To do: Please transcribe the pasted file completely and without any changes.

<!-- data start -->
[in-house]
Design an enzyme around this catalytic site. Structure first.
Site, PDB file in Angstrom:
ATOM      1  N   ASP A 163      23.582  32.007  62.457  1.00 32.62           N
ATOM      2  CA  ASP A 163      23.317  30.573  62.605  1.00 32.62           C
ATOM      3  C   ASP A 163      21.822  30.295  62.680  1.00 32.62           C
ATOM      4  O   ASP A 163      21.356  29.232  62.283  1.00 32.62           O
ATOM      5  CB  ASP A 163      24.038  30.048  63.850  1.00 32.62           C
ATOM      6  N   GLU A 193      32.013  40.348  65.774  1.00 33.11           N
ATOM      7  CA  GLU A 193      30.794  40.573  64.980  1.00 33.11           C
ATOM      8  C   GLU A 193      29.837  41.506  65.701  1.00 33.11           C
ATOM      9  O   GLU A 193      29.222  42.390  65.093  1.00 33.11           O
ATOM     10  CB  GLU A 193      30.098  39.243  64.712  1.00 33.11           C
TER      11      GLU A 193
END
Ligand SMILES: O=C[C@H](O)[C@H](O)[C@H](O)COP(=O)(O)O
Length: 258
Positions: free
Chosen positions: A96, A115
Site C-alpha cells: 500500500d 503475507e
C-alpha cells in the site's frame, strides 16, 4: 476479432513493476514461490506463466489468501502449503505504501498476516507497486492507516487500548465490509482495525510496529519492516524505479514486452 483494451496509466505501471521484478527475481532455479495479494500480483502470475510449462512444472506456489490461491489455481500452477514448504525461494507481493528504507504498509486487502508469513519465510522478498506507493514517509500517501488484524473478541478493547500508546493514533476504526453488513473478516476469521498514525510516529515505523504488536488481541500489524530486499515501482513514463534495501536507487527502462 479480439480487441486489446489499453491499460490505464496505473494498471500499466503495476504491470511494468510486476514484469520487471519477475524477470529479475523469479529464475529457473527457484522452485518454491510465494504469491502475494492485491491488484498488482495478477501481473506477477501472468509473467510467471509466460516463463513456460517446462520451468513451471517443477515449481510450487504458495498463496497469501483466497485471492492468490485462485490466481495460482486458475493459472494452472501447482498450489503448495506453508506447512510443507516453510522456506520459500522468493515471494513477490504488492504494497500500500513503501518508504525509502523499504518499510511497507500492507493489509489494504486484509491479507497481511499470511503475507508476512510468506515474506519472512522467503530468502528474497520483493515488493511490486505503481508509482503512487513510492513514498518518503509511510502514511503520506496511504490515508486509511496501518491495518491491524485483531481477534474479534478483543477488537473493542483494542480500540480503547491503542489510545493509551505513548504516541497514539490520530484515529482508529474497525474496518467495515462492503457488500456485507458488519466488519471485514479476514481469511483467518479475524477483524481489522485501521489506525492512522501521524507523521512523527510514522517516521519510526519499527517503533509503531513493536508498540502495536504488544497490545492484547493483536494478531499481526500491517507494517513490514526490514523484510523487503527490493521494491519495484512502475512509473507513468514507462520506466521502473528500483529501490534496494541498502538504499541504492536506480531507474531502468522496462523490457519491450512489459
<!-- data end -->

[in-house]
Design an enzyme around this catalytic site. Structure first.
Site, PDB file in Angstrom:
ATOM      1  N   ASP A 163      23.582  32.007  62.457  1.00 32.62           N
ATOM      2  CA  ASP A 163      23.317  30.573  62.605  1.00 32.62           C
ATOM      3  C   ASP A 163      21.822  30.295  62.680  1.00 32.62           C
ATOM      4  O   ASP A 163      21.356  29.232  62.283  1.00 32.62           O
ATOM      5  CB  ASP A 163      24.038  30.048  63.850  1.00 32.62           C
ATOM      6  N   GLU A 193      32.013  40.348  65.774  1.00 33.11           N
ATOM      7  CA  GLU A 193      30.794  40.573  64.980  1.00 33.11           C
ATOM      8  C   GLU A 193      29.837  41.506  65.701  1.00 33.11           C
ATOM      9  O   GLU A 193      29.222  42.390  65.093  1.00 33.11           O
ATOM     10  CB  GLU A 193      30.098  39.243  64.712  1.00 33.11           C
TER      11      GLU A 193
END
Ligand SMILES: O=C[C@H](O)[C@H](O)[C@H](O)COP(=O)(O)O
Length: 258
Positions: free
Chosen positions: A96, A115
Site C-alpha cells: 500500500d 503475507e
C-alpha cells in the site's frame, strides 16, 4: 476479432513493476514461490506463466489468501502449503505504501498476516507497486492507516487500548465490509482495525510496529519492516524505479514486452 483494451496509466505501471521484478527475481532455479495479494500480483502470475510449462512444472506456489490461491489455481500452477514448504525461494507481493528504507504498509486487502508469513519465510522478498506507493514517509500517501488484524473478541478493547500508546493514533476504526453488513473478516476469521498514525510516529515505523504488536488481541500489524530486499515501482513514463534495501536507487527502462 479480439480487441486489446489499453491499460490505464496505473494498471500499466503495476504491470511494468510486476514484469520487471519477475524477470529479475523469479529464475529457473527457484522452485518454491510465494504469491502475494492485491491488484498488482495478477501481473506477477501472468509473467510467471509466460516463463513456460517446462520451468513451471517443477515449481510450487504458495498463496497469501483466497485471492492468490485462485490466481495460482486458475493459472494452472501447482498450489503448495506453508506447512510443507516453510522456506520459500522468493515471494513477490504488492504494497500500500513503501518508504525509502523499504518499510511497507500492507493489509489494504486484509491479507497481511499470511503475507508476512510468506515474506519472512522467503530468502528474497520483493515488493511490486505503481508509482503512487513510492513514498518518503509511510502514511503520506496511504490515508486509511496501518491495518491491524485483531481477534474479534478483543477488537473493542483494542480500540480503547491503542489510545493509551505513548504516541497514539490520530484515529482508529474497525474496518467495515462492503457488500456485507458488519466488519471485514479476514481469511483467518479475524477483524481489522485501521489506525492512522501521524507523521512523527510514522517516521519510526519499527517503533509503531513493536508498540502495536504488544497490545492484547493483536494478531499481526500491517507494517513490514526490514523484510523487503527490493521494491519495484512502475512509473507513468514507462520506466521502473528500483529501490534496494541498502538504499541504492536506480531507474531502468522496462523490457519491450512489459